By Marcy Marro, Editor
If you've had a chance to look at the
State of the Industry Report in the January issue, you'll see
that even though many people feel very uncertain about the future
under our soon to be new president, the experts we talked to are
predicting a fairly positive year for 2017.
This optimism is also supported by many construction firms, as
73 percent report that they plan to expand their payrolls this
year. According to a recent survey, "
Expecting a Post-Election Bump: The 2017 Construction Industry
Hiring and Business Outlook," by the Associated General Contractors of
America (AGC) and Sage Construction
and Real Estate, contractors expect private and public sector
demand to grow in all market segments. However, many firms report
they are still worried about the availability of qualified workers
and rising health and regulatory costs.
Although a high percentage of firms say they will increase their
headcount this year, association officials note this will only lead
to modest increases in the overall sizes of firms. Sixty-six
percent of firms expect hiring to increase their total headcount
between 1 and 25 percent, while only 6 percent expect their
headcount to be expanded by more than 25 percent.
One reason for the slight increases expected in headcounts is
that many firms are still having a hard time finding enough
qualified workers to hire. According to the report, 73 percent of
firms say they are having a hard time finding qualified workers,
while 76 percent of respondents predict labor conditions to remain
tight, if not get worse, over the next 12 months.
However, most firms say they are increasing pay and/or benefits
to retain or recruit qualified staff to deal with the worker
shortages, with 52 percent increasing base pay rates, 35 percent
are providing incentives and/or bonuses, and 28 percent have
increased contributions to employee benefits. Additionally, 52
percent report they plan to increase their investments in training
and development this year.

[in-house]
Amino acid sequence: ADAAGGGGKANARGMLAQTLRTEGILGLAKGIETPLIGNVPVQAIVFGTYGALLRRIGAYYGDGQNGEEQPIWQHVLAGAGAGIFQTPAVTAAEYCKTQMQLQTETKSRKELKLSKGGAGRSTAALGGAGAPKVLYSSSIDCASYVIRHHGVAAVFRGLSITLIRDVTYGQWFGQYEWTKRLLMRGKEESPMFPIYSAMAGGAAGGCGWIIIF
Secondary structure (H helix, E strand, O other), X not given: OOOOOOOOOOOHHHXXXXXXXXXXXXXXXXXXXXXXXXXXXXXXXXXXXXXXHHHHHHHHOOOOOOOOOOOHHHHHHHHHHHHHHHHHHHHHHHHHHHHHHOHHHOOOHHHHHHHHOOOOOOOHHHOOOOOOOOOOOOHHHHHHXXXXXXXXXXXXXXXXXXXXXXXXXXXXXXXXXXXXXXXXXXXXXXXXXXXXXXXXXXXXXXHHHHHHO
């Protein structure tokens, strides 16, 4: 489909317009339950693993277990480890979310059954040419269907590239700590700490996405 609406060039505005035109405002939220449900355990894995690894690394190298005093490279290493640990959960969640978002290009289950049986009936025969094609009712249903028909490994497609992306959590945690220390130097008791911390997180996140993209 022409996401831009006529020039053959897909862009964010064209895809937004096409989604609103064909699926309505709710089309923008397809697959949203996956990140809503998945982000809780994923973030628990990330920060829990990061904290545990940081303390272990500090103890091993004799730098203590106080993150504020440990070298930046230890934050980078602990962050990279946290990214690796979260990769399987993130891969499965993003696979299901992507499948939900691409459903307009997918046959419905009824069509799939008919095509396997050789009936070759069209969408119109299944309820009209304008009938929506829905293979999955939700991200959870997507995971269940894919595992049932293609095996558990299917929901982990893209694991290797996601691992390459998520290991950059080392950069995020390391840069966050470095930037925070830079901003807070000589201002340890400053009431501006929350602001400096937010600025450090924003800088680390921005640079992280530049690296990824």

With Trump's promise to dismantle the Affordable Care Act,
otherwise known as Obamacare, many constructors are worried about
the increase costs in health care and regulatory compliance. Of the
firms that responded, 84 percent said the cost of providing health
care for employees increased in 2016, with 82 percent worried those
costs will continue to increase in 2017. And, growth in federal
regulations worries approximately 41 percent of firms.
According to the report, most contractors expect the overall
construction market to expand or remain roughly the same this year
as it did last year. Forty-six percent of respondents said they
expect a higher dollar volume of projects this year, versus just 9
percent who expect a lower volume, for a net positive reading of
approximately 36 percent. The remaining 45 percent expect volumes
to more or less stay the same.
Overall, contractors had a positive outlook for all 13 market
segments included, with respondents being most optimistic on the
outlook for hospital and retail, warehouse and lodging (23 percent
net positive for both). They were also optimistic on the outlook
for private office (20 percent net positive), manufacturing (18
percent), highway (15 percent) and public building construction (15
percent), higher education construction (14 percent), K-12 school
construction (14 percent) and water and sewer construction (14
Multifamily residential was the only market segment where
contractors are less optimistic than they were last year, with an
11 percent net positive compared to 14 percent last year. However,
association officials note that most respondents completed the
survey in the days and weeks following the elections, and may have
based some of their optimism on recent stock market value growth
and the fact that Trump has repeatedly promised to make investments
While overall economic conditions seem to show that 2017 will be
positive for the construction industry, association officials note
that it appears survey responses are based in high expectations for
the incoming administration and on Trump's commitment to investing
in infrastructure, improving federal health care laws and reducing
burdens. "If plans to invest in infrastructure, reform healthcare
laws and roll back regulations are delayed, many contractors will
likely scale back their plans to expand headcounts," said Stephen
E. Sandherr, AGC CEO.
As we head further into 2017, we'd love to hear how you're
feeling. Do you predict increased demand for projects, leading to
having to hire more people? How are you dealing with finding
qualified workers? Do health care costs create headaches in keeping
a business growing and profitable in this economy? Drop us a note
in the comments and tell us your predictions for 2017.